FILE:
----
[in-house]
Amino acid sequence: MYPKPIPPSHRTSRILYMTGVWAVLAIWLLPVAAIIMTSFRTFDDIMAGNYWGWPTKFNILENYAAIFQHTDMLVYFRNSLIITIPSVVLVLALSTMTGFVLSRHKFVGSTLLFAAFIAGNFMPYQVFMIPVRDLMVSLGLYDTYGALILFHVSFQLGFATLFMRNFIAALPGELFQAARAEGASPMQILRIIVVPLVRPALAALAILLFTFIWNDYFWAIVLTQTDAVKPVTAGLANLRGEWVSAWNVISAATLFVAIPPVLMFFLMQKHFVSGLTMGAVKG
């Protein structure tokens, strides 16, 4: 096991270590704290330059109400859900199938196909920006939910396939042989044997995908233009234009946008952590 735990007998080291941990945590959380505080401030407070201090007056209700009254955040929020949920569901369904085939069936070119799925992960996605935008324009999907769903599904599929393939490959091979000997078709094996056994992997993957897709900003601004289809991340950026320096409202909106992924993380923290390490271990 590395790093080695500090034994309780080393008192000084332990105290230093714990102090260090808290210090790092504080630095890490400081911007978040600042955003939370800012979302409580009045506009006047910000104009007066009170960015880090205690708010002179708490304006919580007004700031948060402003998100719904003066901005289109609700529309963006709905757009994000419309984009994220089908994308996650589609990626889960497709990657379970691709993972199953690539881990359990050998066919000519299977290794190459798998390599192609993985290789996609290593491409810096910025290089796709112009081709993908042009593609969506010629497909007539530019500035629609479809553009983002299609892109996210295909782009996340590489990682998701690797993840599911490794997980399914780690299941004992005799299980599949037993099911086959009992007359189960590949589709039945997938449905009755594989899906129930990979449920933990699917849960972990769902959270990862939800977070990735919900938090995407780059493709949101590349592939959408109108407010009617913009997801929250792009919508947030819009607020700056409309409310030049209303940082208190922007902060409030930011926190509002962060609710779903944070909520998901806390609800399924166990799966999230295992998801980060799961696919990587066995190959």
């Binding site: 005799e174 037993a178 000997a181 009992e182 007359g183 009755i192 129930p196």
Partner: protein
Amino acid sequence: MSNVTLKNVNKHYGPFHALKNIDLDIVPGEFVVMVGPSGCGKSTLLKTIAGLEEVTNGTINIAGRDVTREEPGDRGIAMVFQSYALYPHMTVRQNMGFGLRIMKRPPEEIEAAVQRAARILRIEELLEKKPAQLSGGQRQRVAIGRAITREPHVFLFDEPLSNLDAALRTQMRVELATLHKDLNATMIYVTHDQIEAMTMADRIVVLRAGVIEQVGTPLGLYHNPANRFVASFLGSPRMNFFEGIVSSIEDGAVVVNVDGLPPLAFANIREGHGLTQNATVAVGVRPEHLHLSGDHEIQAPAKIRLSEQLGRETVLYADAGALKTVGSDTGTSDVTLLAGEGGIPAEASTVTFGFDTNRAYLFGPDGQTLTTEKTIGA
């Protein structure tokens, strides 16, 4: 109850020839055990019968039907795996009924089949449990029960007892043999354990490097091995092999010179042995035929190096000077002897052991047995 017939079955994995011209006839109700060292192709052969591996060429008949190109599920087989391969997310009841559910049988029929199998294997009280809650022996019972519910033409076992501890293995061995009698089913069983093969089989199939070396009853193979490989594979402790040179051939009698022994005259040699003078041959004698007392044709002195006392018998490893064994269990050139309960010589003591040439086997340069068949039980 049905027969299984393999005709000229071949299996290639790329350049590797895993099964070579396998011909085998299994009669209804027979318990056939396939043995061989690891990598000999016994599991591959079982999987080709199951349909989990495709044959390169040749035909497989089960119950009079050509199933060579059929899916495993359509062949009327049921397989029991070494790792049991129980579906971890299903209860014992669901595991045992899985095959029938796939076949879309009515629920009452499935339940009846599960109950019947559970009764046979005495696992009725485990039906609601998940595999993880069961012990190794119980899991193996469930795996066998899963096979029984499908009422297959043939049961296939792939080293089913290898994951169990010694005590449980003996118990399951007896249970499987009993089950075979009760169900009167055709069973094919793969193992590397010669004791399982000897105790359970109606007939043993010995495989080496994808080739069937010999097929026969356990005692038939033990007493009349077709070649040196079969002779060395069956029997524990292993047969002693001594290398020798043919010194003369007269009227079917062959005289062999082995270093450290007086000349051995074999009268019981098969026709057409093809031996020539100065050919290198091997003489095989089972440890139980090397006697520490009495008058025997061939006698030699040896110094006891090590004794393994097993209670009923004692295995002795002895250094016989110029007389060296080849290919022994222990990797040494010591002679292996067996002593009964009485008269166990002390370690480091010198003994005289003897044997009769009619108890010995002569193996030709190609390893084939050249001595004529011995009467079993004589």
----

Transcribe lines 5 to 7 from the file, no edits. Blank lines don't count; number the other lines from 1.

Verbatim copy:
Partner: protein
Amino acid sequence: MSNVTLKNVNKHYGPFHALKNIDLDIVPGEFVVMVGPSGCGKSTLLKTIAGLEEVTNGTINIAGRDVTREEPGDRGIAMVFQSYALYPHMTVRQNMGFGLRIMKRPPEEIEAAVQRAARILRIEELLEKKPAQLSGGQRQRVAIGRAITREPHVFLFDEPLSNLDAALRTQMRVELATLHKDLNATMIYVTHDQIEAMTMADRIVVLRAGVIEQVGTPLGLYHNPANRFVASFLGSPRMNFFEGIVSSIEDGAVVVNVDGLPPLAFANIREGHGLTQNATVAVGVRPEHLHLSGDHEIQAPAKIRLSEQLGRETVLYADAGALKTVGSDTGTSDVTLLAGEGGIPAEASTVTFGFDTNRAYLFGPDGQTLTTEKTIGA
């Protein structure tokens, strides 16, 4: 109850020839055990019968039907795996009924089949449990029960007892043999354990490097091995092999010179042995035929190096000077002897052991047995 017939079955994995011209006839109700060292192709052969591996060429008949190109599920087989391969997310009841559910049988029929199998294997009280809650022996019972519910033409076992501890293995061995009698089913069983093969089989199939070396009853193979490989594979402790040179051939009698022994005259040699003078041959004698007392044709002195006392018998490893064994269990050139309960010589003591040439086997340069068949039980 049905027969299984393999005709000229071949299996290639790329350049590797895993099964070579396998011909085998299994009669209804027979318990056939396939043995061989690891990598000999016994599991591959079982999987080709199951349909989990495709044959390169040749035909497989089960119950009079050509199933060579059929899916495993359509062949009327049921397989029991070494790792049991129980579906971890299903209860014992669901595991045992899985095959029938796939076949879309009515629920009452499935339940009846599960109950019947559970009764046979005495696992009725485990039906609601998940595999993880069961012990190794119980899991193996469930795996066998899963096979029984499908009422297959043939049961296939792939080293089913290898994951169990010694005590449980003996118990399951007896249970499987009993089950075979009760169900009167055709069973094919793969193992590397010669004791399982000897105790359970109606007939043993010995495989080496994808080739069937010999097929026969356990005692038939033990007493009349077709070649040196079969002779060395069956029997524990292993047969002693001594290398020798043919010194003369007269009227079917062959005289062999082995270093450290007086000349051995074999009268019981098969026709057409093809031996020539100065050919290198091997003489095989089972440890139980090397006697520490009495008058025997061939006698030699040896110094006891090590004794393994097993209670009923004692295995002795002895250094016989110029007389060296080849290919022994222990990797040494010591002679292996067996002593009964009485008269166990002390370690480091010198003994005289003897044997009769009619108890010995002569193996030709190609390893084939050249001595004529011995009467079993004589």